We walked out of the Hachiko exit from a dimly lit Shibuya station (half of all lights are still turned off to save power), into a sunny day at Shibuya. When my eyes adjusted, there were the screens, the signs, and more people that you’d see on Queen Street at rush hour. It was about 10am on a Thursday.
We spent some time wandering the tiny Shibuya streets, and had a gorgeous lunch in a sushi conveyor place. “All plates 120yen”, I think the sign said. The only part I could read was “120?”. This was the norm for us: I can’t read kanji at all, and have an incredibly sukoshi amount of Japanese. Still, we made our way with pointing, nodding, and plenty of “hai, domo!”.
The clichés are true: Tokyo is incredibly clean and polite. Sure, there’s tagging in Shibuya and overgrown vegetation beside the train tracks, but overall the place is spotless. I’m sure there are other cities with higher population densities, but Tokyo seems to have largely solved the problem of having huge numbers of humans in close proximity: everyone does their bit to keep it clean and civil.
Standing in a queue for the left-side of an escalator, I was reminded of being stuck in Auckland motorway traffic – except none of us were burning petrol, and there were more people on the escalator than in 50 cars. If I wanted to move faster, I could just step on to the right side of the escalator and start walking. I’m not sure if this behaviour is signposted anywhere, it just seems to be emergent politeness that makes a heck of a lot of sense in the crowded train system.
I get the impression that there is a lot of this in Tokyo. There’s a feeling that if you don’t do your own little bit to keep things tidy and polite, the whole charade might come crashing down.
Having 8.5 million people in a dense city is a remarkable thing. It brings about so many opportunities. Sunday evening in Tokyo station was, again, busier than I’ve ever seen a transport hub in New Zealand. It seems that whatever you want to sell in Tokyo, there will be enough traffic to support it. Be that a California burger joint in a mall, a vending machine in a stairwell, or a dedicated robot shop in Akihabara.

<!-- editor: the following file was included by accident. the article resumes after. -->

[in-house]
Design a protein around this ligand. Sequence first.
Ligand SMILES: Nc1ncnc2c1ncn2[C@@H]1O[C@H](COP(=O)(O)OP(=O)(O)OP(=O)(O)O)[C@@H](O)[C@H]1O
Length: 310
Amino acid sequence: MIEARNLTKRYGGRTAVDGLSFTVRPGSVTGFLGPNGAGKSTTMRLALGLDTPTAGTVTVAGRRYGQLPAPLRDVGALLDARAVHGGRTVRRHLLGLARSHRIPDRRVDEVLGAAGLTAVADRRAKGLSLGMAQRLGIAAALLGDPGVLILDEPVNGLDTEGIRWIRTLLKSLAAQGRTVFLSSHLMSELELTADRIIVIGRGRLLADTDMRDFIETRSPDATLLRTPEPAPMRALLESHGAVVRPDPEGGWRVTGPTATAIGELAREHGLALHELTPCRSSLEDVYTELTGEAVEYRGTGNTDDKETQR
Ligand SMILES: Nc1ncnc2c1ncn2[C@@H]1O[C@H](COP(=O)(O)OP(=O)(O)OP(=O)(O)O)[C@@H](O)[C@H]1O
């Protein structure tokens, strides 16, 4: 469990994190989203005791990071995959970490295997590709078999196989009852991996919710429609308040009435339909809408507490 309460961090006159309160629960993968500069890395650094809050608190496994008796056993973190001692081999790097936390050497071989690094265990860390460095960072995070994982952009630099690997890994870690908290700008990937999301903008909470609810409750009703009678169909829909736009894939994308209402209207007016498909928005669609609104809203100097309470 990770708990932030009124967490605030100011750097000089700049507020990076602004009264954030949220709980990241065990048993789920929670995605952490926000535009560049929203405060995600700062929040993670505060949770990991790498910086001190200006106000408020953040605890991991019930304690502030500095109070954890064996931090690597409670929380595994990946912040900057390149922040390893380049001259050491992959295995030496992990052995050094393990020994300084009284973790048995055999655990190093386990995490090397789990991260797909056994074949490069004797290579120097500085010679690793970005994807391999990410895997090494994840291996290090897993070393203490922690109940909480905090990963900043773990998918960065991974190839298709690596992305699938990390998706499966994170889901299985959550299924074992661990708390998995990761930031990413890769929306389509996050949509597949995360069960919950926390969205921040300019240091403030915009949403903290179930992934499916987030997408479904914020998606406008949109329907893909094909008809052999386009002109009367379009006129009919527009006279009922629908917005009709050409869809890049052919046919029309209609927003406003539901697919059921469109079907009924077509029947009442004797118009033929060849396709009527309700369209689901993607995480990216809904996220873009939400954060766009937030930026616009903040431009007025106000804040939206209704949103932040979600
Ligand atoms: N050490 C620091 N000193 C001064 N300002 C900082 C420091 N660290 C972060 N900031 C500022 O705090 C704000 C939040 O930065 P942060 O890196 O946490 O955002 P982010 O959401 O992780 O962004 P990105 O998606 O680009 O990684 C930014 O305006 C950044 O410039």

Ueno Park Zoo on a weekday was pleasantly busy, as was Tokyo Disneyland. In a way I’m sad that we couldn’t go back to those same places on a weekend to see what regular Tokyoites deal with. Then again, the gigantic car parks and queuing areas were perhaps more awesome in their empty state.
Another random fact: there are no tourists. We spoke to many hoteliers, shopkeepers and fellow travellers about the aftermath of the earthquake. Tourism numbers have more than halved. It’s pretty sad to see the empty hotels (our own hotel had shut two of four restaurants because of lack of patronage).
If you’re thinking of going, just do it. There are only two noticeable impacts of the electricity shortages on Tokyo: malls and shops have some of their lights turned off (e.g. one in every two fluorescent tubes are disabled); and many escalators (mostly the down ones) are turned off in the subway and train stations. Certainly nothing to be concerned about.
It was so much fun being gaijin in the city. I had no idea our little curly-blonde girl would attract crowds of (mostly teenage, mostly female) Japanese beaming and saying “oooh kawaii!”. Kawaii means cute. Think Hello Kitty and you’ll understand how much kawaii is a part of Japanese culture. So fun!
In return, Tokyo, and especially Ueno Zoo, had plenty of its own kawaii to share